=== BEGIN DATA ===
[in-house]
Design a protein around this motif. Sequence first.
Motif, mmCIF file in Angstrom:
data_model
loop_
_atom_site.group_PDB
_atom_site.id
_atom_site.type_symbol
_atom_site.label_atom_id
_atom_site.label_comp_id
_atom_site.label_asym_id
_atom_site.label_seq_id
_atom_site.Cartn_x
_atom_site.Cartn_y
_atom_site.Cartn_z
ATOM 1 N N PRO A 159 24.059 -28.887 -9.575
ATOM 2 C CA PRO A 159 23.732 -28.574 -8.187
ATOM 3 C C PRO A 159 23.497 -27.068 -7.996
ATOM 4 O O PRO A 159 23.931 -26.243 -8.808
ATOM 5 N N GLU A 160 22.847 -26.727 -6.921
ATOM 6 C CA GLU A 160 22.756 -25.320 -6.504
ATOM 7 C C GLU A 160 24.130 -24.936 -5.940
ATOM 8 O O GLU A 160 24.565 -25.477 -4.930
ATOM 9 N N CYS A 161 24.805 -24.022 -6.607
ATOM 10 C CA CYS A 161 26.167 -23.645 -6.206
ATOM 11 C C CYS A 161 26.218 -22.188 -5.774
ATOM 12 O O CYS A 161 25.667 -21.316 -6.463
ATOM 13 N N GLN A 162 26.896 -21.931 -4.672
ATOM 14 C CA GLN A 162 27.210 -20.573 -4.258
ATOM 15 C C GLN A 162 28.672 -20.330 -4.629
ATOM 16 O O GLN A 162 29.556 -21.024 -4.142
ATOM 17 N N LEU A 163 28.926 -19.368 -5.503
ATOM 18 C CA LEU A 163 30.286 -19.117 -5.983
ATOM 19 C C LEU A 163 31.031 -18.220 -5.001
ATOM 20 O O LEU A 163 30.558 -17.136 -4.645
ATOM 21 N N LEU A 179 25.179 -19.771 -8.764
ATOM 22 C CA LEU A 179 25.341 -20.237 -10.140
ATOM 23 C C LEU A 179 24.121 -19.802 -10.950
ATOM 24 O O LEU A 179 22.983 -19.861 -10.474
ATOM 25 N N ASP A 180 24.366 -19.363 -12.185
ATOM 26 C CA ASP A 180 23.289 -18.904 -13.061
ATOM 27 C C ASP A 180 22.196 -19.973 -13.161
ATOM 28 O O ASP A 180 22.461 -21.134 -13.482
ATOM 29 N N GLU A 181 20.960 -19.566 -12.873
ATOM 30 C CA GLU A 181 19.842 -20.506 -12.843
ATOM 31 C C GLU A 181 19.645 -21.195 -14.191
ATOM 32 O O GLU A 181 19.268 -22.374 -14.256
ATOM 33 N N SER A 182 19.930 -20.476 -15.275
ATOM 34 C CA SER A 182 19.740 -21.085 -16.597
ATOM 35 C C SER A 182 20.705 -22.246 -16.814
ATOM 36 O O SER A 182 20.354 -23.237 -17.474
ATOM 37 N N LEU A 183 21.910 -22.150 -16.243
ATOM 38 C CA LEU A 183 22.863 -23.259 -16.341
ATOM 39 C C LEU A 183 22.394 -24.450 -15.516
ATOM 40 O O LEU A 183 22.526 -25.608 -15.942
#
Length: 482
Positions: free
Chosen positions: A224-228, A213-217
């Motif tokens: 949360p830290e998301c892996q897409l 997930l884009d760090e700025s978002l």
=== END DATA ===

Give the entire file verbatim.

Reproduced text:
[in-house]
Design a protein around this motif. Sequence first.
Motif, mmCIF file in Angstrom:
data_model
loop_
_atom_site.group_PDB
_atom_site.id
_atom_site.type_symbol
_atom_site.label_atom_id
_atom_site.label_comp_id
_atom_site.label_asym_id
_atom_site.label_seq_id
_atom_site.Cartn_x
_atom_site.Cartn_y
_atom_site.Cartn_z
ATOM 1 N N PRO A 159 24.059 -28.887 -9.575
ATOM 2 C CA PRO A 159 23.732 -28.574 -8.187
ATOM 3 C C PRO A 159 23.497 -27.068 -7.996
ATOM 4 O O PRO A 159 23.931 -26.243 -8.808
ATOM 5 N N GLU A 160 22.847 -26.727 -6.921
ATOM 6 C CA GLU A 160 22.756 -25.320 -6.504
ATOM 7 C C GLU A 160 24.130 -24.936 -5.940
ATOM 8 O O GLU A 160 24.565 -25.477 -4.930
ATOM 9 N N CYS A 161 24.805 -24.022 -6.607
ATOM 10 C CA CYS A 161 26.167 -23.645 -6.206
ATOM 11 C C CYS A 161 26.218 -22.188 -5.774
ATOM 12 O O CYS A 161 25.667 -21.316 -6.463
ATOM 13 N N GLN A 162 26.896 -21.931 -4.672
ATOM 14 C CA GLN A 162 27.210 -20.573 -4.258
ATOM 15 C C GLN A 162 28.672 -20.330 -4.629
ATOM 16 O O GLN A 162 29.556 -21.024 -4.142
ATOM 17 N N LEU A 163 28.926 -19.368 -5.503
ATOM 18 C CA LEU A 163 30.286 -19.117 -5.983
ATOM 19 C C LEU A 163 31.031 -18.220 -5.001
ATOM 20 O O LEU A 163 30.558 -17.136 -4.645
ATOM 21 N N LEU A 179 25.179 -19.771 -8.764
ATOM 22 C CA LEU A 179 25.341 -20.237 -10.140
ATOM 23 C C LEU A 179 24.121 -19.802 -10.950
ATOM 24 O O LEU A 179 22.983 -19.861 -10.474
ATOM 25 N N ASP A 180 24.366 -19.363 -12.185
ATOM 26 C CA ASP A 180 23.289 -18.904 -13.061
ATOM 27 C C ASP A 180 22.196 -19.973 -13.161
ATOM 28 O O ASP A 180 22.461 -21.134 -13.482
ATOM 29 N N GLU A 181 20.960 -19.566 -12.873
ATOM 30 C CA GLU A 181 19.842 -20.506 -12.843
ATOM 31 C C GLU A 181 19.645 -21.195 -14.191
ATOM 32 O O GLU A 181 19.268 -22.374 -14.256
ATOM 33 N N SER A 182 19.930 -20.476 -15.275
ATOM 34 C CA SER A 182 19.740 -21.085 -16.597
ATOM 35 C C SER A 182 20.705 -22.246 -16.814
ATOM 36 O O SER A 182 20.354 -23.237 -17.474
ATOM 37 N N LEU A 183 21.910 -22.150 -16.243
ATOM 38 C CA LEU A 183 22.863 -23.259 -16.341
ATOM 39 C C LEU A 183 22.394 -24.450 -15.516
ATOM 40 O O LEU A 183 22.526 -25.608 -15.942
#
Length: 482
Positions: free
Chosen positions: A224-228, A213-217
């Motif tokens: 949360p830290e998301c892996q897409l 997930l884009d760090e700025s978002l």